Wyoming legislature kills draft proposal to exempt student emails from public records disclosure
WYOMING — State lawmakers have dismissed a proposal that could have potentially exempted all student emails on public colleges’ and universities’ servers from public records disclosure.
Instead, a committee consisting of the Wyoming Press Association, students and community college and University of Wyoming officials has been formed to sort through issues regarding current public records legislation pertaining to student emails.
“It’s a great chance for us to sort of understand everybody’s concerns and not rush in with what could be ill-considered legislation,” said Jim Angell, executive director of the Wyoming Press Association.
The issue of student email disclosure under state public records law arose earlier this year when the Laramie Boomerang requested and received student emails relating to a proposal to allow guns on campus, from UW officials.
Under Wyoming’s current public records law, for documents to be considered public, they must be sent or received in the course of public business, Angell said.
“Some people are of the mind that since [the University of Wyoming server is] a publicly financed server, everything on it is public. We disagree,” he said. “It’s not the source or the infrastructure used. It’s the content. Content is all.”
Wyoming’s public records law is comparable to other states — it does not allow access to records unrelated to government business, said Frank LoMonte, executive director of the Student Press Law Center.
LoMonte said the proposal would have made journalists’ jobs harder, as online correspondence constitutes the bulk of modern communication.
“I actually think it’s commendable that they took the time to study it and realize that the proposal was problematic,” he said.
An ambiguous law
Brian Schueler, president of the Associated Students of the University of Wyoming and co-chairman of the committee, said the current law is ambiguous — and that ambiguity regarding what emails are covered under the law led to his personal emails being released, he said.
The Associated Students’ vice president, Emily Kath, with Schueler’s permission, requested Schueler’s emails about elections from the University of Wyoming. Following a review of whether the emails can be released under public records law, the university plans to release between 30 and 50 emails to Kath, he said.
Schueler said he is worried that the press might now receive his emails since he believes they will be in the public record.
He has set up a personal Gmail account in an effort to “retain some privacy,” he said.
Angell said the university’s disclosure of Schueler’s emails crossed the line into an invasion of privacy.
The student government does not believe there are sufficient protections for student emails, Schueler said.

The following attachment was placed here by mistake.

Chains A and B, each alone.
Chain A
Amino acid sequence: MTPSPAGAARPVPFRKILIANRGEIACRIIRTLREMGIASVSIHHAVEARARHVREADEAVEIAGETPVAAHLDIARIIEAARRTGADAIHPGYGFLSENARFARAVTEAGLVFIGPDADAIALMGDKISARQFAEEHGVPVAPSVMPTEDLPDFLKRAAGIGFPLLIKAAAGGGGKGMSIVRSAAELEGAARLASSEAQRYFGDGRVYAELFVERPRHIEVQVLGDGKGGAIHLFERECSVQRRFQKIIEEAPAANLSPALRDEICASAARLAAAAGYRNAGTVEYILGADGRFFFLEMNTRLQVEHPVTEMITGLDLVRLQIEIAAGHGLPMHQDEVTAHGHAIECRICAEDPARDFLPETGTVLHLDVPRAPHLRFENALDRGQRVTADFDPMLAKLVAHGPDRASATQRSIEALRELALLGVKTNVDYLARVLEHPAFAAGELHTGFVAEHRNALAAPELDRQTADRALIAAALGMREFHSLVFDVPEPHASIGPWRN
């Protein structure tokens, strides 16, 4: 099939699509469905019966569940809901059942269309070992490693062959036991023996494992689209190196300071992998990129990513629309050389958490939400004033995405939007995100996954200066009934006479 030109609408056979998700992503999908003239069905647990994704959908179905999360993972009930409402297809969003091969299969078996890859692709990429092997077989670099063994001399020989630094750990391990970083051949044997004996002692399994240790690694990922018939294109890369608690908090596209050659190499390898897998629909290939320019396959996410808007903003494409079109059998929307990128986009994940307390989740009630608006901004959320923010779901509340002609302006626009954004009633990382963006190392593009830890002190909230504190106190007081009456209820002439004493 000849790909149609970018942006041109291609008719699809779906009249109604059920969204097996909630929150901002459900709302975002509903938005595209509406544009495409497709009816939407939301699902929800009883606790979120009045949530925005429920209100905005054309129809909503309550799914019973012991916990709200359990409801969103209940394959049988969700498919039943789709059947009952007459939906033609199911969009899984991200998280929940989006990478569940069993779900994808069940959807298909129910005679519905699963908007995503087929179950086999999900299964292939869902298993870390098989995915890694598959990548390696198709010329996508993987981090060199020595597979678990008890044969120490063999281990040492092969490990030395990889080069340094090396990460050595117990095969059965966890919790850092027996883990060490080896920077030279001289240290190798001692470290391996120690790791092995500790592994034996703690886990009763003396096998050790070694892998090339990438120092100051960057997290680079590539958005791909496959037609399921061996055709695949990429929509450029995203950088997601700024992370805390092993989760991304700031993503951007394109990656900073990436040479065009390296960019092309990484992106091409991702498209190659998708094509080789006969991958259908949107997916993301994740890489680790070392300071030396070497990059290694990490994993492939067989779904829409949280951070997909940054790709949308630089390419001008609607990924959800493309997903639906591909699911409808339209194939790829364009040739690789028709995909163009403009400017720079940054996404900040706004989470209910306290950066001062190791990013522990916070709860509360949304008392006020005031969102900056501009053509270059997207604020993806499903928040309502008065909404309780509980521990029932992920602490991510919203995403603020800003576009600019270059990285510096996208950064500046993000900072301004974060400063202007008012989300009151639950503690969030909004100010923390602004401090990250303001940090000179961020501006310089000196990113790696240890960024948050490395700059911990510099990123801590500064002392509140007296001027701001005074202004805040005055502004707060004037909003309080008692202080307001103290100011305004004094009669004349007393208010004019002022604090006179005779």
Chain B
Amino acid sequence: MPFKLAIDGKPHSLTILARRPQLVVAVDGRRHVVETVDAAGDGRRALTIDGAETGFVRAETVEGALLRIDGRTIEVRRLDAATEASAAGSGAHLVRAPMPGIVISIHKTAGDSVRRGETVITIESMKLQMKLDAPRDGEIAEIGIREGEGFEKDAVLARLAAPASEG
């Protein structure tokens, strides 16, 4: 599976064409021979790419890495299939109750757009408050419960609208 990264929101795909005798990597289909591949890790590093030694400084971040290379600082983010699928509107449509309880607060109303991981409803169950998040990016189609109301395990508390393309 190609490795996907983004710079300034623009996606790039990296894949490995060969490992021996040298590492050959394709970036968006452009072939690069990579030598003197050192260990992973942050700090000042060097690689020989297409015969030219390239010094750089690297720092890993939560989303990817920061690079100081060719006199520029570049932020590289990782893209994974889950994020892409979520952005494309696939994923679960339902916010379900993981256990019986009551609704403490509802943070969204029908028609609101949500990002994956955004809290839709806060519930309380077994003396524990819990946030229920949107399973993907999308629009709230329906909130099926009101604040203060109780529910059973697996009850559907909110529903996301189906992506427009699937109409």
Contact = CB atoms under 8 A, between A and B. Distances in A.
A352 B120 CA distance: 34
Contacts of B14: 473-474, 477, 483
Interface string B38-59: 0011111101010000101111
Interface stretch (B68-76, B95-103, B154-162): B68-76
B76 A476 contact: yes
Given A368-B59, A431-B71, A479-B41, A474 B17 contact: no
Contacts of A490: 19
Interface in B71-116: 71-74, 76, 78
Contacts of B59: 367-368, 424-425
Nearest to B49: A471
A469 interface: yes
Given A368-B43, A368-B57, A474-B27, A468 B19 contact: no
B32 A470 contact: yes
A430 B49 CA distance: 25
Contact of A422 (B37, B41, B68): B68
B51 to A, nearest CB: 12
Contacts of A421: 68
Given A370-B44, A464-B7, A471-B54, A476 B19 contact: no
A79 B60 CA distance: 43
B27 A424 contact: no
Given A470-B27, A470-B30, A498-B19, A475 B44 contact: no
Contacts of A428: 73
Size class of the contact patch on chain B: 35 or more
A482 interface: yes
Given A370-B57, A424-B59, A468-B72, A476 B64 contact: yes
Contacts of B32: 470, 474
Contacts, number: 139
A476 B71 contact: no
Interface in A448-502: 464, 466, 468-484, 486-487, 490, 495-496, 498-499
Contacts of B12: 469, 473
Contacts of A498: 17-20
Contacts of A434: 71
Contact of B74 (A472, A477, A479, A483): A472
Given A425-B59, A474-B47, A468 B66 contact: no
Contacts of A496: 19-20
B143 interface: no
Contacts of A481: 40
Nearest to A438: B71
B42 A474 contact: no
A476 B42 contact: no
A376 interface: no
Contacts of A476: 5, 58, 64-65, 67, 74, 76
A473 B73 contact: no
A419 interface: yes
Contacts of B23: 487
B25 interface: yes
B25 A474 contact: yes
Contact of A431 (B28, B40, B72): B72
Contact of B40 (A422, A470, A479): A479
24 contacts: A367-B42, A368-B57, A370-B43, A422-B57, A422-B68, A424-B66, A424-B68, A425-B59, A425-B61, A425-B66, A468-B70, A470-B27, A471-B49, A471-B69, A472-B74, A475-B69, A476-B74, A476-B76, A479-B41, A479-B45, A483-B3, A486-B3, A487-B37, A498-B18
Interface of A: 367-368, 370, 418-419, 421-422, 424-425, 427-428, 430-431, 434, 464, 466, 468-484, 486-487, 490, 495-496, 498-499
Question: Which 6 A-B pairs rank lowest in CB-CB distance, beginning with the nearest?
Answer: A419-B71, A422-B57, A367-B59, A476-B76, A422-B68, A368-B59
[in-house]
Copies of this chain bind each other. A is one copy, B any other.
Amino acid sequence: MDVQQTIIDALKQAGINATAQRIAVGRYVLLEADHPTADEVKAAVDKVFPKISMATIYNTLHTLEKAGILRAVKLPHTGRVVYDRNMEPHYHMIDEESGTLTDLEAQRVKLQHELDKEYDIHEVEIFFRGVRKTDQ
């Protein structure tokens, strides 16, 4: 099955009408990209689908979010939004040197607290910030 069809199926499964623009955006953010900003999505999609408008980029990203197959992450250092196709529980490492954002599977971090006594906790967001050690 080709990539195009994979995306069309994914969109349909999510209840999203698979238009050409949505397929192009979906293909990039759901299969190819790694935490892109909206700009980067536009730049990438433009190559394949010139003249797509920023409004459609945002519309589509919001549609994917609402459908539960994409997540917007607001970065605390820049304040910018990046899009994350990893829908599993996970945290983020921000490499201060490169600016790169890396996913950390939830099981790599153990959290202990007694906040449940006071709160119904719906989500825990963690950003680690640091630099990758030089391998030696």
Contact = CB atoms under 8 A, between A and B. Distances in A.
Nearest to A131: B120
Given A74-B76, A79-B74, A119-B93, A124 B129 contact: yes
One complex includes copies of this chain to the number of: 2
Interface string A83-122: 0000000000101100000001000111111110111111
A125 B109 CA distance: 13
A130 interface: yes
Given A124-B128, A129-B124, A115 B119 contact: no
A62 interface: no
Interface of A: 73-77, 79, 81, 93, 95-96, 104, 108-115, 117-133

The requirement under current public records law that records must be made or received in connection with the “transaction of public business” in order to be subject to disclosure presents significant challenges, he said.
“If I were a lawyer, I don’t think it would be a difficult argument to argue that every email at the university in some way or another contributes to the educational mission, or the mission of growing students, or that sort of thing,” Schueler said.
Schueler said a categorical exemption for student emails would be the most efficient solution, as targeted exemptions would require the university’s general counsel to review the request.
This could cause greater privacy issues, even for emails that the university determines are not subject to public records disclosure, he said.
In a recent meeting with the task force, the University of Wyoming officials said if they find evidence of a crime on the university email system, they are obligated to report it, Schueler said.
“Because the university owns those emails, they can respond to the content of those emails internally, and that is a way to violate privacy,” he said.
The draft proposal states that the custodian of student emails would be required to deny the right of inspection of electronic communications received, sent or stored by students using communication services at UW and any state community college.
Angell said legislators on the task force did not intend to exempt emails written between students and public officials. The draft proposal, as it was written, would have categorically exempted student emails from disclosure, he said.
“I can’t give enough credit that they saw that,” he said.
Any potential new wording in Wyoming’s public records law would have to balance privacy with the public’s right to know, Angell said. Schueler agrees.
The group will present recommendations on the issue to the Digital Information Privacy Task Force in time for the legislative task force’s September meeting.
Contact staff writer Trisha LeBoeuf by email or at 202-974-6317.
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